Whenever an anopheles mosquito bites an infected individual, the gametocytes are taken along with the blood. More and more sexual reproduction takes place, resulting in the formation of mature gametes. They finally fuse to form an oocyst. The oocyst grows, multiplies, and bursts to produce sporozoites. This completes the full circle.

  • Next Person: At this stage, if an uninfected mosquito bites you, it will become infected and can infect others.

Other Modes of Transmission:

  • Perinatal.

  • Through blood transfusion.

  • Sharing infected needles.

How Was Malaria Treated in the Past?

  • In older times, traditional herbal medicines were used to treat malaria.

  • It was in 1820 that two French scientists isolated a substance called quinine from the bark of the cinchona tree. Quinine became the treatment for intermittent fever.

  • In the early twentieth century, when the link between mosquitoes and their parasites was identified, dichlorodiphenyltrichloroethane and other insecticides came into existence.

  • Use of bed nets to protect people while sleeping is another form of vector control.

  • In recent years, antimalarial drugs, including Chloroquine and Artemisinins, have been used.

With All This Development, Why Is Malaria Still a Problem?

The main reason why it is still a problem is the emergence of drug-resistant parasites and insecticide-resistant mosquitoes. Global efforts are made for the prevention of malaria by the development of malaria vaccines that can save many lives and eradicate this plight.

Since malaria is transmitted via a parasite that passes through multiple stages and the parasite can reproduce both sexually and asexually. This poses a unique challenge for vaccine development. But after all efforts, a successful vaccine for malaria has been notably developed.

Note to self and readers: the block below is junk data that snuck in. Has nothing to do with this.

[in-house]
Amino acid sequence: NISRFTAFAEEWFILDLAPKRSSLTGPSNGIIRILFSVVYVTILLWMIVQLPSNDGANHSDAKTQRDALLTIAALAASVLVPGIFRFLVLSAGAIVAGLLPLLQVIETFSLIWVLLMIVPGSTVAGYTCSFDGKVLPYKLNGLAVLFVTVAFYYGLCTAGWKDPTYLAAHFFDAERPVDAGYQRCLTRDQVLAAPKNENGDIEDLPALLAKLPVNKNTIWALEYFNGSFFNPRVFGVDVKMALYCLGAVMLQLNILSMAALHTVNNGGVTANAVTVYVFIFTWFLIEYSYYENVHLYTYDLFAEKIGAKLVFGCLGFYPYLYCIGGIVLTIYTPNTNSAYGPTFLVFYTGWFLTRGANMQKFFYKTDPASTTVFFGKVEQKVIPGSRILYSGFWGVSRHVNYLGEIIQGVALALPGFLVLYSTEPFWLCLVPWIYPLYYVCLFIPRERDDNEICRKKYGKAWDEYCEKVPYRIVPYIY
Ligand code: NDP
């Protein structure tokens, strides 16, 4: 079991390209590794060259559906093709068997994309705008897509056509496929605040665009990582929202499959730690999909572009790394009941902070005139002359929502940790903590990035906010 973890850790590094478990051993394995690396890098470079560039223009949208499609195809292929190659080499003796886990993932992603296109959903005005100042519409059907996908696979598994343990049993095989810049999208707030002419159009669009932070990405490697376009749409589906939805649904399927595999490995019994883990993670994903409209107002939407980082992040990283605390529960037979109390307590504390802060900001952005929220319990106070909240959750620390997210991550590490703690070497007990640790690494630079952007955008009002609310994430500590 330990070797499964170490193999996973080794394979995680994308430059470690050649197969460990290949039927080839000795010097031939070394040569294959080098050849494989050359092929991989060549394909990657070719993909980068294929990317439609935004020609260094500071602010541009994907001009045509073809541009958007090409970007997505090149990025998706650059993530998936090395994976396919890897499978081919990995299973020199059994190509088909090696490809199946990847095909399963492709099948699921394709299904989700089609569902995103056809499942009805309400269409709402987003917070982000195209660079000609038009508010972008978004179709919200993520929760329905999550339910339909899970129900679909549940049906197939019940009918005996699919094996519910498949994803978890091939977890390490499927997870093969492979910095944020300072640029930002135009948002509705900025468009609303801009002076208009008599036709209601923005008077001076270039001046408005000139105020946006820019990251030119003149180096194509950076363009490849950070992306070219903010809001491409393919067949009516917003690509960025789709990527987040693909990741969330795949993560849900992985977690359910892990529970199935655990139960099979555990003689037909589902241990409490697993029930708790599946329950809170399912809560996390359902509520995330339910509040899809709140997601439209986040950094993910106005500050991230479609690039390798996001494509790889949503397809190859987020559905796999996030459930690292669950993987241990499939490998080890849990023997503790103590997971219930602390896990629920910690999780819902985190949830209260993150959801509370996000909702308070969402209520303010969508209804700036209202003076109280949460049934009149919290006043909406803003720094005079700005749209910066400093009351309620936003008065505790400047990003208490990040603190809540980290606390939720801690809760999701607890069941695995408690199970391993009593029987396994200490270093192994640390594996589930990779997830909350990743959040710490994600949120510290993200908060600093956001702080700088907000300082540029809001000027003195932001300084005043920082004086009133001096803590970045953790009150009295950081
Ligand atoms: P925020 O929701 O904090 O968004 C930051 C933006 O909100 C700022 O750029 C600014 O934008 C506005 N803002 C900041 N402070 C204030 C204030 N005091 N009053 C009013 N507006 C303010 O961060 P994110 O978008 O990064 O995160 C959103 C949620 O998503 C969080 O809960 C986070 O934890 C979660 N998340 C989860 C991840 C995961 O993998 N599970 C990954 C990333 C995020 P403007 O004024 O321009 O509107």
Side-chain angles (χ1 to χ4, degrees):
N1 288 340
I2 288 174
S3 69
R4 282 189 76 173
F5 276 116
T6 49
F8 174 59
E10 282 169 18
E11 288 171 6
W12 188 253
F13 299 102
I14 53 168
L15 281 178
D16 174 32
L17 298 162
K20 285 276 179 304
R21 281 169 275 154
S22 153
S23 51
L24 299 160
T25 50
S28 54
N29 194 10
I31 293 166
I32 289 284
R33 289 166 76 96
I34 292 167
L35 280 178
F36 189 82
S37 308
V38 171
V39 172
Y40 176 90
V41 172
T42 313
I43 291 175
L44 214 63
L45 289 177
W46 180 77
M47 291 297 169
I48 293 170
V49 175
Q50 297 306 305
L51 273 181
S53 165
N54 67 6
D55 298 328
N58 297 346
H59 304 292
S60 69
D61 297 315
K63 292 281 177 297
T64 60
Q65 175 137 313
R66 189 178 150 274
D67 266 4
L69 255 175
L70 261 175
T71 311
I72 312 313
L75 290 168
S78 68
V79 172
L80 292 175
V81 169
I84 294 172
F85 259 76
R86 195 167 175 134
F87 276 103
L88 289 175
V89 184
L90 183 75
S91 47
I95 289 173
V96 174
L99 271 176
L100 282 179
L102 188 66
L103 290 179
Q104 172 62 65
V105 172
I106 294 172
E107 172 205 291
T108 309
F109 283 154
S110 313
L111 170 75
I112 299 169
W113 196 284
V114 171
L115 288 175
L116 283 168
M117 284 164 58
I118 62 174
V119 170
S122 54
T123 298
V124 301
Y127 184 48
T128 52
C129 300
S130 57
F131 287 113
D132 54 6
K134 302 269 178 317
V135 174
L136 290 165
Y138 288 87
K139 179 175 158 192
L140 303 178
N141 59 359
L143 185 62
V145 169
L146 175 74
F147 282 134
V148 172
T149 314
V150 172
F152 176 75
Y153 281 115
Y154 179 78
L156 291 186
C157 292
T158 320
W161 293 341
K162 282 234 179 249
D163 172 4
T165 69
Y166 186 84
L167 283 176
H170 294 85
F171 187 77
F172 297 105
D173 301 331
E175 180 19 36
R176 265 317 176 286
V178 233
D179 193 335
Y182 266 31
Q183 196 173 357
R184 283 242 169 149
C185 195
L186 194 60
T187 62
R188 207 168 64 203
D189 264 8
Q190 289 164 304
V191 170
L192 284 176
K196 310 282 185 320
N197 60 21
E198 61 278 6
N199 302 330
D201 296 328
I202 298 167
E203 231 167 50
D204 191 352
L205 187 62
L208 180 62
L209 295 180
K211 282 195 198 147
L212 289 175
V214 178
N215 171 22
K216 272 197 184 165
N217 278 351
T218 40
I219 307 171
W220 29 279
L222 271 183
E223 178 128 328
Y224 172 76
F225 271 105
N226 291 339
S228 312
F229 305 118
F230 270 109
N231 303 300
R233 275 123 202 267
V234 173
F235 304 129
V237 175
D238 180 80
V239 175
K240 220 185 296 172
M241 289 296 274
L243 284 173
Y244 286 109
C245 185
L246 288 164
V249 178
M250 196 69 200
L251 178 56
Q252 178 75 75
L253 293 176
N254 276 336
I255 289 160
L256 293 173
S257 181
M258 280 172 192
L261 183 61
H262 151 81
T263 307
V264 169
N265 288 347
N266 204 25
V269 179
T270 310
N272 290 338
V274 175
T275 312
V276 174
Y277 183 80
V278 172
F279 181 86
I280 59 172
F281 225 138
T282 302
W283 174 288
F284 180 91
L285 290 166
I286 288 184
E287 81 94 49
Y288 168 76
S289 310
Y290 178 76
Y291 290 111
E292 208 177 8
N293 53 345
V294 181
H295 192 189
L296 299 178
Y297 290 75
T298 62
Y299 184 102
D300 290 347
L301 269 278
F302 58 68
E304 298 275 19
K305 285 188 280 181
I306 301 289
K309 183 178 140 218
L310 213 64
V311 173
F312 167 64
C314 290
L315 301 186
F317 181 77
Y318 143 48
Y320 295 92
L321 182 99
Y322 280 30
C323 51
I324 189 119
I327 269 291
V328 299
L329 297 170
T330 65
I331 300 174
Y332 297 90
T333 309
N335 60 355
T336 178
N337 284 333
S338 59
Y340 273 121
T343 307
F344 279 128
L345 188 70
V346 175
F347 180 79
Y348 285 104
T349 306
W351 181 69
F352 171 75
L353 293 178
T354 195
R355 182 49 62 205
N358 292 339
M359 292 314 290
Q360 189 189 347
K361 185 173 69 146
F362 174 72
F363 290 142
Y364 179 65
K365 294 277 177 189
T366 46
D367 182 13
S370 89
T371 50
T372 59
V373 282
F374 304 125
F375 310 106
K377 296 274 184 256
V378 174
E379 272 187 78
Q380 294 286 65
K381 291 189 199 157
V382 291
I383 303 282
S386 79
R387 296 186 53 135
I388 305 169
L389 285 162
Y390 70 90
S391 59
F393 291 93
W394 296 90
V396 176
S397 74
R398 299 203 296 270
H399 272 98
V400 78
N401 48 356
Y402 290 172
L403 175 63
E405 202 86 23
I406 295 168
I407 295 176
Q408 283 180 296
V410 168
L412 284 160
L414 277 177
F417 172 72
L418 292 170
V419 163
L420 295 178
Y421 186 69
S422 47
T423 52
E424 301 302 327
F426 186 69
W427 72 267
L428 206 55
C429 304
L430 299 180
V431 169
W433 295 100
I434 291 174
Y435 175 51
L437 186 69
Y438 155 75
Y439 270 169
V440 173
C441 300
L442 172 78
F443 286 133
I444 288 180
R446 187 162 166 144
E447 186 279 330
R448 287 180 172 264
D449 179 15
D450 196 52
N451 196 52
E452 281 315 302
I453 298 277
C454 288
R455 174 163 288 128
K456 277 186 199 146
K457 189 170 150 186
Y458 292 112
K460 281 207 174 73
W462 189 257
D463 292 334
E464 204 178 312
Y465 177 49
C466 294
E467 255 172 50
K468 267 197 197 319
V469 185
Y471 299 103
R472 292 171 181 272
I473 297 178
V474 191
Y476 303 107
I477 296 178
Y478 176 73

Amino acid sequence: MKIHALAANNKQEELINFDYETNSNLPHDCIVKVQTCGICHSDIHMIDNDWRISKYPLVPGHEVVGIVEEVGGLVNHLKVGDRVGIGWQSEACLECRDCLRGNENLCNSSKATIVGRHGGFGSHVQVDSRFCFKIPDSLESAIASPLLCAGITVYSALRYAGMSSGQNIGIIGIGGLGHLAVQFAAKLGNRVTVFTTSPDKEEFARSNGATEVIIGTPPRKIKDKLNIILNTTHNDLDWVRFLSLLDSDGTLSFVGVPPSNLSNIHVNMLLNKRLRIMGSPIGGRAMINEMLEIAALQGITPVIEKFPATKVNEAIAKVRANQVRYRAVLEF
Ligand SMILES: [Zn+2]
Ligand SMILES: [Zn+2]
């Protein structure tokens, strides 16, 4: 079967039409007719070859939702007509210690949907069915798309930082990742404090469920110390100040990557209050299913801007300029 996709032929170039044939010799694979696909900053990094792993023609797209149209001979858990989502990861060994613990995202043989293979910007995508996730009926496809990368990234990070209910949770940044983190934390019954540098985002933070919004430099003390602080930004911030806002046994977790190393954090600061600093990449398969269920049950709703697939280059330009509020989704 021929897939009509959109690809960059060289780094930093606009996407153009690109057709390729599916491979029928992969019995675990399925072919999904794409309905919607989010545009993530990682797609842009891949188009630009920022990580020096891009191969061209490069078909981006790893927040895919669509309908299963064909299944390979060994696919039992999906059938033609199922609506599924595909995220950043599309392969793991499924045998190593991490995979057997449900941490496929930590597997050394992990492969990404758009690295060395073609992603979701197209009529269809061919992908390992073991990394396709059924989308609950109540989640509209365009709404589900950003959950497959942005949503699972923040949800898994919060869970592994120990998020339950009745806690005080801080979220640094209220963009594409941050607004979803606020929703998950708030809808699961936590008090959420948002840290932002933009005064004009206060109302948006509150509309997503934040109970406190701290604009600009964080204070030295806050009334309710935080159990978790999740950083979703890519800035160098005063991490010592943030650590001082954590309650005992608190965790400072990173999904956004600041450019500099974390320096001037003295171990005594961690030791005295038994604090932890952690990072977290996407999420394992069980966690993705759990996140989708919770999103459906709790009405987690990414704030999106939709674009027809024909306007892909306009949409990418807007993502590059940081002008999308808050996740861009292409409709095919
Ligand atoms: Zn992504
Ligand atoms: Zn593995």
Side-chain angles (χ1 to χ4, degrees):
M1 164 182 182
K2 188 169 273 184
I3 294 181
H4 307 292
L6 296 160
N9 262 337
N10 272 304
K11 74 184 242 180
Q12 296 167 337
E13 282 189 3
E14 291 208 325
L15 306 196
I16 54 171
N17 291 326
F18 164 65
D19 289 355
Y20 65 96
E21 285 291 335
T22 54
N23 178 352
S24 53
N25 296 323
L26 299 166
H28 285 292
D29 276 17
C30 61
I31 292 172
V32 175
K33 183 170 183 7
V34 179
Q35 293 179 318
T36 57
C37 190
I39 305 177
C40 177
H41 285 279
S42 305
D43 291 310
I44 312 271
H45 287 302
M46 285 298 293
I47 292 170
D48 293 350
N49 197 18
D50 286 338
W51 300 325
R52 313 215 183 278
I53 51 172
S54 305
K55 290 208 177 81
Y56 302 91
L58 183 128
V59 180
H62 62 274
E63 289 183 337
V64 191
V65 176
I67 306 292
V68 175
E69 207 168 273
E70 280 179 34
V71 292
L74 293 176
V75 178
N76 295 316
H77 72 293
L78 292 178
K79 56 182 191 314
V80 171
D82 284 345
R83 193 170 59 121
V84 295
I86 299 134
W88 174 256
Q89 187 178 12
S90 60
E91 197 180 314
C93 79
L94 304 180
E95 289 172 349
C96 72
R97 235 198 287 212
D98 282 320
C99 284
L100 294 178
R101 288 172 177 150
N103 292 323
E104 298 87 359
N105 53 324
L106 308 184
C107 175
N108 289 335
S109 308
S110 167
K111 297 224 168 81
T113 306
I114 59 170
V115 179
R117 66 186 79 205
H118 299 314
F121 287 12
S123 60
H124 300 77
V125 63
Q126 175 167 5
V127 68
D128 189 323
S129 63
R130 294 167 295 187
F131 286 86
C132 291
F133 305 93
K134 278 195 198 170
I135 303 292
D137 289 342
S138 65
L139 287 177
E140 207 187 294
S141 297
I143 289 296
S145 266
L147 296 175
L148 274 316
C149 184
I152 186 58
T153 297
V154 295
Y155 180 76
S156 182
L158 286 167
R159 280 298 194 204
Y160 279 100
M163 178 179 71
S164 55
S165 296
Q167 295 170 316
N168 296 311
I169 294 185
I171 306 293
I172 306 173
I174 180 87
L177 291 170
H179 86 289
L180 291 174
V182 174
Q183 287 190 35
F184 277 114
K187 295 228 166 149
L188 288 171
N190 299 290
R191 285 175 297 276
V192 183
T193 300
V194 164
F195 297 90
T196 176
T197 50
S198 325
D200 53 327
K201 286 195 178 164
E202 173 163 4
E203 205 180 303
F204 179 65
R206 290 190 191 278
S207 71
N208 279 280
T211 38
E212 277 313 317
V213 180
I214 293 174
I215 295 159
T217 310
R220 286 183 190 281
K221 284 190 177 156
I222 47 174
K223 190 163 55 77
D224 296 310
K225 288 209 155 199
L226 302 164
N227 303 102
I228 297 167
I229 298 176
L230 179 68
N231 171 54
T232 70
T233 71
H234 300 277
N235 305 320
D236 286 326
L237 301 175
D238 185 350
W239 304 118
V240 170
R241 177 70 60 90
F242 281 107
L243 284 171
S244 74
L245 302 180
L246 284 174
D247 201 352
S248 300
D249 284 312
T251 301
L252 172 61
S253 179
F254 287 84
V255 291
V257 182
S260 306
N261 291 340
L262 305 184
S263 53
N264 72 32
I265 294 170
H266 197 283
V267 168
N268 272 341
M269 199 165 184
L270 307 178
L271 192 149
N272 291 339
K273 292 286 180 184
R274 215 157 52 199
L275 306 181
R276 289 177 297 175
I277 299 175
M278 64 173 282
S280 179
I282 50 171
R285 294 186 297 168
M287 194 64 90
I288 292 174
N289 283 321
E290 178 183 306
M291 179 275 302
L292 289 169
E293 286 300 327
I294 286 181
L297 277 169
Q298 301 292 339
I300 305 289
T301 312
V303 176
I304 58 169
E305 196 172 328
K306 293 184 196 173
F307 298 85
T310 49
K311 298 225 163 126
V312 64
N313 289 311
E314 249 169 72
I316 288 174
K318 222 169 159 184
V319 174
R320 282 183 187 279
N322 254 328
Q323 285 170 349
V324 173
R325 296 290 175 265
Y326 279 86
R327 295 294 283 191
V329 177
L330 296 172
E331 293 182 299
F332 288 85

Malaria Vaccine

Partial Immunity and Development of the Vaccine

The lifecycle of Plasmodium is quite challenging in terms of the development of a vaccine.

The focus should be on which stage to be targeted. Malaria is different from other diseases and their vaccinations because of the lack of sterile immunity. In simple terms, if you become ill from malaria and recover, you can be infected over and over again. The fact is there is no memory of malaria infection in the body. So the infection in the past will not prevent future infection.

There is evidence of naturally acquired immunity seen in malaria. When someone has a history of malaria in the past, they will get a less severe infection this time (partial, acquired immunity).

This is the reason why malaria is so deadly in children under five years of age and the foreigners traveling in such areas. They have not acquired any immunity in the past; thus, contracting the disease results in a severe infection that may be fatal. So for the development of a malaria vaccine, the mechanism of partial immunity has to be considered.

Immunization With Live Attenuated Vaccines

Another concept was immunization with live attenuated parasites (sporozoite form). Hoffman, in 2002, applied this idea to humans and showed that they could use gamma radiation to weaken the sporozoite inside the anopheles mosquitoes and thus protect the humans completely.